high jump history questions


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Re: high jump history questions

Postby Jackaloupe » Sat Jun 15, 2013 7:45 pm

Well, compared to today's cushy, spongy landing pits, yes; but it was not all that "dangerous", as the technique made for a groundroll off the lead foot, not a "clump" on your back. I jumped a foot lower, but still HJ was not a problem; PV was much dicier. I still have a stiff lower back muscle on one side, form HS sand; and only 11 ft. at that.
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Re: high jump history questions

Postby jhc68 » Sat Jun 15, 2013 10:02 pm

Jack is right, not nearly as dangerous as you might think. I jumped in sawdust pits from 7th-12th grades and never saw anyone get seriously hurt.
Of course no one would have been dumb enough to try a back layout technique even if we had thought about it.
We did a lot of shoveling to keep the sawdust pile high and fluffed up... but the worst part was all that sawdust in every crease and wrinkle in your body that no amount of showering could ever quite remove.
Best part was if the sawdust was piled between haybales that you could move around and jump from... if you made the haybale stacks staircase up just right you could clear 7 feet!
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Re: high jump history questions

Postby Dietmar239 » Mon Jun 17, 2013 3:38 am

Heck, I still have a back injury that haunts me to this day from flopping on one of those UCS pits in junior high. Some "nice person" took the pad off the top and I landed right between the pits on concrete. Yes, concrete. We only used the high school track for our meets but during our training, asphalt and concrete was our daily lot in life.
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Re: high jump history questions

Postby jhc68 » Mon Jun 17, 2013 6:29 pm

Yikes! The scariest HJ situations I have seen are exactly as Dietmar describes: multi-part foam cube arrays that are meant to be held together with buckles and straps and a cover on top. Often the couplings break or the cover is ripped or gone completely or the pit is just plain too small. Then inexperienced jumpers launch themselves in trajectories that result in an off the pit landing or a bounce off the edge into whatever lies beyond or trapped between the loose cubes. Gimme a sawdust pile and a straddle technique anyday in terms of safety.
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Re: high jump history questions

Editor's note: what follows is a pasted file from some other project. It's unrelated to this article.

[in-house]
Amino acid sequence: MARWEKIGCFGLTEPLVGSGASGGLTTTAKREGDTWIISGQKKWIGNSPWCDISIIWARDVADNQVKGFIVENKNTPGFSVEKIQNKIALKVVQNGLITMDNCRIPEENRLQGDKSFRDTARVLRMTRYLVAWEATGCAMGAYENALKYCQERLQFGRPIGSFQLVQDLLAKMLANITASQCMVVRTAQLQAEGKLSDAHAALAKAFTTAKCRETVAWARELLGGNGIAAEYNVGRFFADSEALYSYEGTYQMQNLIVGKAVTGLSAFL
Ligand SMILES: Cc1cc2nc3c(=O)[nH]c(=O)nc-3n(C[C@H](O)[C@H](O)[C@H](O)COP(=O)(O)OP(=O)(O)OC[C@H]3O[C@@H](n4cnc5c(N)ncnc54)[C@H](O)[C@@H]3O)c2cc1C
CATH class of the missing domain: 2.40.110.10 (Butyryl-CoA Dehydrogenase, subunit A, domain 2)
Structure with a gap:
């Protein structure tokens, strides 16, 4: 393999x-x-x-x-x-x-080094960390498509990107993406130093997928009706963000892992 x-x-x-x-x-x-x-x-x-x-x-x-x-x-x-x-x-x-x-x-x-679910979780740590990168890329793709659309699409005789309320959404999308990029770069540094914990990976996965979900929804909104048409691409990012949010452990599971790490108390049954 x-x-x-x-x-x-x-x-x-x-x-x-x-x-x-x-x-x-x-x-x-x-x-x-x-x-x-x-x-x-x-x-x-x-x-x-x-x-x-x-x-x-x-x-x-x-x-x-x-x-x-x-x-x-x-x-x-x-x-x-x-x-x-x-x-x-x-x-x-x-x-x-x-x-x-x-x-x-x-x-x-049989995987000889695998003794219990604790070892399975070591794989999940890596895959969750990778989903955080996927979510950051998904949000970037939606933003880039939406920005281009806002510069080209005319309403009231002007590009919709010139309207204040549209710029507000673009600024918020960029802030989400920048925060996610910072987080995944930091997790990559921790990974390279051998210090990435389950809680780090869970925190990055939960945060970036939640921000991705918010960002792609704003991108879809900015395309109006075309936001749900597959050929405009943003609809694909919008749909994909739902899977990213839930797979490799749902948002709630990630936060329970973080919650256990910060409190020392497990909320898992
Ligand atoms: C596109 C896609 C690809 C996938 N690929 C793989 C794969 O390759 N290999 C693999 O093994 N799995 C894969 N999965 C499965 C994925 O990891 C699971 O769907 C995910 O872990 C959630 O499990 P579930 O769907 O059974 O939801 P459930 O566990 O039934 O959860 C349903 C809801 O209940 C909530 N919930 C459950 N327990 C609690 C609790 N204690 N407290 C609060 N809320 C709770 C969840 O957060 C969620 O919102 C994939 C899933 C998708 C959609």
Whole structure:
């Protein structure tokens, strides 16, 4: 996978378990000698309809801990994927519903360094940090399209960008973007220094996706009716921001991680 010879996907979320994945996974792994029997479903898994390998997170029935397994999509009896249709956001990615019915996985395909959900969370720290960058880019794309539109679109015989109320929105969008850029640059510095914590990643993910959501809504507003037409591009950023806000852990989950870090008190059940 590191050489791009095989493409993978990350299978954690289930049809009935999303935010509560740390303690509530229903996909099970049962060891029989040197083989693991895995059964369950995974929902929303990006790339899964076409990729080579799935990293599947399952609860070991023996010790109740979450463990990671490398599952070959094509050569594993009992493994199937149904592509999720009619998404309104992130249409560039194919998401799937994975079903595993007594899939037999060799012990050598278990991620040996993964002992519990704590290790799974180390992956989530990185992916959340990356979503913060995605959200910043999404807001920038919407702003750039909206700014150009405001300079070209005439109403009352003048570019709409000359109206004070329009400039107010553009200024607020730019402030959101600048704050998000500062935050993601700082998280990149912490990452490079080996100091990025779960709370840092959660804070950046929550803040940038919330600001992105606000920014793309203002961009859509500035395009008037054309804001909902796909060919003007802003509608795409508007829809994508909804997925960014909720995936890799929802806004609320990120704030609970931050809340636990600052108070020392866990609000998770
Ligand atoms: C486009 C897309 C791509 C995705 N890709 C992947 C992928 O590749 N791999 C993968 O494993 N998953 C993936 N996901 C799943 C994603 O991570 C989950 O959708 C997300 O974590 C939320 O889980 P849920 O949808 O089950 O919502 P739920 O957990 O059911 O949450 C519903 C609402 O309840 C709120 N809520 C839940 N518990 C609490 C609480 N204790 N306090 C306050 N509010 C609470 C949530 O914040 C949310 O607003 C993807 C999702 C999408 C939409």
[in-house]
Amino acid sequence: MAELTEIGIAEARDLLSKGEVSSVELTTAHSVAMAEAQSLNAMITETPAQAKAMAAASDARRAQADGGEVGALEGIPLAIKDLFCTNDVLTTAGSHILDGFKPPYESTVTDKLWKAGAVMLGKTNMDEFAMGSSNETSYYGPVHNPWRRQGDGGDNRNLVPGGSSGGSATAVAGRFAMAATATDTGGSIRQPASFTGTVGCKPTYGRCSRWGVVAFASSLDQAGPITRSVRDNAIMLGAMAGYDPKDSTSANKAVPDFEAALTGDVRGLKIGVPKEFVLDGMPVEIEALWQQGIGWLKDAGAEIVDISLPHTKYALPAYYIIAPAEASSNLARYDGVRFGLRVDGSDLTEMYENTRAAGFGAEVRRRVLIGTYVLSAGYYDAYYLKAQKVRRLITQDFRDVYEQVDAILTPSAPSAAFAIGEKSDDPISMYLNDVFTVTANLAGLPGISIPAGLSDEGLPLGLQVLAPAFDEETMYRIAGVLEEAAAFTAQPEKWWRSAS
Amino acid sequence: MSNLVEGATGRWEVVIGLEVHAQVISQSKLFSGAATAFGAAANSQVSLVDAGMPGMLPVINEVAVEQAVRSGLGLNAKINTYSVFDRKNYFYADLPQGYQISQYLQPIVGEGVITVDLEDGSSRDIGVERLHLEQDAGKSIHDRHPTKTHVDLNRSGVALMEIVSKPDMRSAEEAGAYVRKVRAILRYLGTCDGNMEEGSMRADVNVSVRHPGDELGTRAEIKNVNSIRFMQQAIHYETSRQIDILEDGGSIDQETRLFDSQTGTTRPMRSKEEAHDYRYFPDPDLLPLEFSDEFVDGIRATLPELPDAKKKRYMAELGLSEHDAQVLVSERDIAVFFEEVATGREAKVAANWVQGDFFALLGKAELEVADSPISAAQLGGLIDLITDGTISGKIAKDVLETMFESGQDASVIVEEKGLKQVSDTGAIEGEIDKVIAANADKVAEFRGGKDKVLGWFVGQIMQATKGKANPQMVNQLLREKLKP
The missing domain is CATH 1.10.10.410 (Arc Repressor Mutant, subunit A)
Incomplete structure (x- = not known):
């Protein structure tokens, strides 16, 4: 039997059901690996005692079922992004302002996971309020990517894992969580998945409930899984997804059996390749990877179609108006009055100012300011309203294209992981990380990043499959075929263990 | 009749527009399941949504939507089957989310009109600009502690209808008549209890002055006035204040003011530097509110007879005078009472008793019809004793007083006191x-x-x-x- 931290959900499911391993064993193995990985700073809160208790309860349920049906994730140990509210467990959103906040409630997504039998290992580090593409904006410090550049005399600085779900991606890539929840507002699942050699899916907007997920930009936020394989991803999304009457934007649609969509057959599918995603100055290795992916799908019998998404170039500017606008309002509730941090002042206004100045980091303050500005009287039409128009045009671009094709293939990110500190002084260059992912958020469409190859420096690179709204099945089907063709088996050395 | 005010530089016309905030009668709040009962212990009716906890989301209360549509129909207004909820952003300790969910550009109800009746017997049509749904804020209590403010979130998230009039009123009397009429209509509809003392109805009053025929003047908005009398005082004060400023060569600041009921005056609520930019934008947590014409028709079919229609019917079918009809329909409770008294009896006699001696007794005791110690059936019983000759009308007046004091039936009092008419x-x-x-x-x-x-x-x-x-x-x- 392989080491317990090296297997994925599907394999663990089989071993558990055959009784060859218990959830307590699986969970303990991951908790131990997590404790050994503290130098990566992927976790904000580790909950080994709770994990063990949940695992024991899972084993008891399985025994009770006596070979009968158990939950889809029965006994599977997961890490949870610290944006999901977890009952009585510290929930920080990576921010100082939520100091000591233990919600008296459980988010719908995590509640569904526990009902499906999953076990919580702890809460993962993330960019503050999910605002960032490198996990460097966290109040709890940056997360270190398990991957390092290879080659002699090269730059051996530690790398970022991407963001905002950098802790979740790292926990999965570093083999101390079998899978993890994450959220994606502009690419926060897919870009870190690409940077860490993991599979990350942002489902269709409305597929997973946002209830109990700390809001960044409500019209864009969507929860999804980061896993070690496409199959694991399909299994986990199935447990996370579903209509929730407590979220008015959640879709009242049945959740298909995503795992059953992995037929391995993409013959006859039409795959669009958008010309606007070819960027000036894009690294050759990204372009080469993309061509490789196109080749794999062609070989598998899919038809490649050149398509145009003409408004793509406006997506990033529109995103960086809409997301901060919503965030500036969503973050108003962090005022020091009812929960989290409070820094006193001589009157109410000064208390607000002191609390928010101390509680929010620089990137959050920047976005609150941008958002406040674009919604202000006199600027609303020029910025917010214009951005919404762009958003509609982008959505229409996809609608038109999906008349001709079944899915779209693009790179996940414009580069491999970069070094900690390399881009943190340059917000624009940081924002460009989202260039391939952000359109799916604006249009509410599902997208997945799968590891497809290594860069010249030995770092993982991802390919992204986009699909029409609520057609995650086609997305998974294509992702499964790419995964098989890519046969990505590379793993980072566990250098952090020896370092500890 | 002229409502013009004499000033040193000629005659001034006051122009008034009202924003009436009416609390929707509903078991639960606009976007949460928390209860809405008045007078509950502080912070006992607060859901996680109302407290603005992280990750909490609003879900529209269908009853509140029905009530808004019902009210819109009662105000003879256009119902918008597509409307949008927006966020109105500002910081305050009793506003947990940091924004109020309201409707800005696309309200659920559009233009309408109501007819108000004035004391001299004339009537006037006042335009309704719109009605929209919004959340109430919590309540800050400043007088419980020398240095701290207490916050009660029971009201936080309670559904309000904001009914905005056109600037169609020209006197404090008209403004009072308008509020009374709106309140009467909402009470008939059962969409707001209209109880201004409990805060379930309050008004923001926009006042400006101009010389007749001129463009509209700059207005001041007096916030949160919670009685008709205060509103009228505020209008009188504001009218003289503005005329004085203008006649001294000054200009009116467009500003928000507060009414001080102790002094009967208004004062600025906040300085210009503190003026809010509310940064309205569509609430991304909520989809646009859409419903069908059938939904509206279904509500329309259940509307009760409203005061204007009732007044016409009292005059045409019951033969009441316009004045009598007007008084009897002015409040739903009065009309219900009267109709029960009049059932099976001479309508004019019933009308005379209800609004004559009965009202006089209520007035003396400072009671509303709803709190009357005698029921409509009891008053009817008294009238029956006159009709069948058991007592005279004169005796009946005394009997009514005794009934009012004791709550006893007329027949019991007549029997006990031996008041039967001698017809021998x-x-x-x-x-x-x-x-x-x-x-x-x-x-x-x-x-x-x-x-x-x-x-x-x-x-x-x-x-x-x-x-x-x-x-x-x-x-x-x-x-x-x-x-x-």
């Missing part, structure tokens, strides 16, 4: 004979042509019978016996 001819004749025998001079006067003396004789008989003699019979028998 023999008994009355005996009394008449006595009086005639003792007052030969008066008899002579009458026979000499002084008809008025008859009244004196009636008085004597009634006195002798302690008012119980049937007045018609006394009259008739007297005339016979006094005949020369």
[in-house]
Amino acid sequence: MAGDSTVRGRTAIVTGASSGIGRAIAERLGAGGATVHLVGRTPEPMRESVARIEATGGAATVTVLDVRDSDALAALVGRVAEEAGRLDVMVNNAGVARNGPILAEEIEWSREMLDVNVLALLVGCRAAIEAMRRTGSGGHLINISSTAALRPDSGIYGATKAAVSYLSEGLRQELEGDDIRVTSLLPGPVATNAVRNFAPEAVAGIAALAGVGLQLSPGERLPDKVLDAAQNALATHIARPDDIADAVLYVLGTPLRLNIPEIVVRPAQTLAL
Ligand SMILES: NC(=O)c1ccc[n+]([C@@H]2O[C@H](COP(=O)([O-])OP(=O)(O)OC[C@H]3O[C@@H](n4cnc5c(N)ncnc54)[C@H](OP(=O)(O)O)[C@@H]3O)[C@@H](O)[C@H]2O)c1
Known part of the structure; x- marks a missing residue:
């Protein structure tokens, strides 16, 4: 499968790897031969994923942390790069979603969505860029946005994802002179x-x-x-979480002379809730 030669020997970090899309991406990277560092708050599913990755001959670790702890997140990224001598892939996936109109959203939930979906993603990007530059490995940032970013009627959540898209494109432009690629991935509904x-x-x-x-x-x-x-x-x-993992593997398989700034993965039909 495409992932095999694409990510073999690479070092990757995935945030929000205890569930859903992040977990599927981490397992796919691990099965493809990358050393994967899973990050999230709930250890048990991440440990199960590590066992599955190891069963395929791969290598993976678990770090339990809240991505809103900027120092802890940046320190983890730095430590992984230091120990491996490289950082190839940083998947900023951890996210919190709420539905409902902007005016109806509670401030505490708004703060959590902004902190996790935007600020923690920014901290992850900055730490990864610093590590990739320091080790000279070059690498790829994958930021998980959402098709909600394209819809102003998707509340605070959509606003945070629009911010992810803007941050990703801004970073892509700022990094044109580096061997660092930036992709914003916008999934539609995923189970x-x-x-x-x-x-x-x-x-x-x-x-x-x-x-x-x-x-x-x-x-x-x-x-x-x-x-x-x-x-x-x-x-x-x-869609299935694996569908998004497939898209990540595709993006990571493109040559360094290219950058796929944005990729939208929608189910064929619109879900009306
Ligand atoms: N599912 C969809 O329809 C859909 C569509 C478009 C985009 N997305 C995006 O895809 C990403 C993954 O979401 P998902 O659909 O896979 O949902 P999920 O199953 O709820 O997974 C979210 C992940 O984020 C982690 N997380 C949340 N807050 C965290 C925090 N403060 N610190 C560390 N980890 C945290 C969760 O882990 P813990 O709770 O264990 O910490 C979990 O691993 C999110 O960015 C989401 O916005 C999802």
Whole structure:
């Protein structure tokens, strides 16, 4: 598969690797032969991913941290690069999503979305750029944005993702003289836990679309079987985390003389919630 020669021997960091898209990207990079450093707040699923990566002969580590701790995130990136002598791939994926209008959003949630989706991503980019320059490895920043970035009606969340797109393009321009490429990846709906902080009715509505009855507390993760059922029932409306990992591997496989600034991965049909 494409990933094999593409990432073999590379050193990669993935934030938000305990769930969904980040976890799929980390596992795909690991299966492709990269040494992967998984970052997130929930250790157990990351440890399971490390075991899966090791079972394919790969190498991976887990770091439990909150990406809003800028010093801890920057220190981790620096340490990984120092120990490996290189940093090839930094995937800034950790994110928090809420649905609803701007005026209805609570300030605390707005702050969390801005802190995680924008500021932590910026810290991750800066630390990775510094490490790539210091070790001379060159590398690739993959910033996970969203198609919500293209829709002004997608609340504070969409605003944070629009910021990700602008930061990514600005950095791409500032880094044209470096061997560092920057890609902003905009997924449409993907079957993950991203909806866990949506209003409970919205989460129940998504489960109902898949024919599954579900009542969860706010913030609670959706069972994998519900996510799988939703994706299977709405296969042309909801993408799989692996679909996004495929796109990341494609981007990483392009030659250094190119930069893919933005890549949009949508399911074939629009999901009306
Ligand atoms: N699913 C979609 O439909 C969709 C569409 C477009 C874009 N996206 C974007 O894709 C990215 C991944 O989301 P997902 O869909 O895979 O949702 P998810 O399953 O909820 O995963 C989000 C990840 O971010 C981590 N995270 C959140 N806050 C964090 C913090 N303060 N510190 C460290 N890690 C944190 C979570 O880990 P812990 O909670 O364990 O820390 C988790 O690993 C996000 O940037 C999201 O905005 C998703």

Postby Jackaloupe » Mon Jun 17, 2013 6:52 pm

if you made the haybale stacks staircase up just right you could clear 7 feet!

Good one, 'jhc': You're memories coincide with my own. One day at USC--maybe Bobby Avant even partook--we hauled over some Ramp someone had out there for some purpose, just to experiment: The leverage it provided was considerably more than it's height, ~6 inches. So, yeah, we were approaching what seemed stratospheric, aka Bobby Avant's & Charley Dumas's normal heights.
That was right before that Russian introduced the built-up, Rocker shoe--which was promptly outlawed.
Bet you'll get a kick out of this one: At Masters Meets, I occasionally take a break from Throws and head over to the HJ. After first dealing w/ the dilemma of wearing or doffing my glasses--which I once broke upon landing--I try to ignore the ridiculously high (for us) landing pit: it's most strange to be in the middle of your modest roll around the (quite low, ~4 ft.) bar, only to encounter the immense plastic spongemats, hardly a "pit".
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Re: high jump history questions

Postby Marlow » Mon Jun 17, 2013 6:59 pm

gh wrote:film like that mainly serves to remind me how much flopping sucks, aesthetically .

Depends on one's perspective, I guess. Here's D-W-I-G-H-T looking pretty cool.

http://www.youtube.com/watch?v=VVbsrVAM1zs
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Re: high jump history questions

Postby jhc68 » Mon Jun 17, 2013 7:43 pm

Look carefully at Marlow's video link and I am pretty sure that you can see me sitting down at the other end of the coliseum in the last 4-5 seconds of the clip!
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Re: high jump history questions

Postby DoubleRBar » Mon Jun 17, 2013 8:46 pm

I think I was sitting right behind you.
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Re: high jump history questions

Postby Athleticsimaging » Tue Jun 18, 2013 3:24 am

jhc68 wrote:High quality sawdust straddling:

http://www.t3licensing.com/video/clip/48050225_9300.do


Tony Sneazwell training at what could be the University of Melbourne track where Franz Stampfl was his coach. If it's not there, it was somewhere in inner Melbourne, given the architectural exemplar in the background. :P Perhaps AS would know for sure?

Tony was the first Australian to clear 7 feet in 1963 and later that year, upped his national record to 2.20 (7'2")in Tokyo. Unfortunately, he never jumped well in either the '64 or '68 Olympics.
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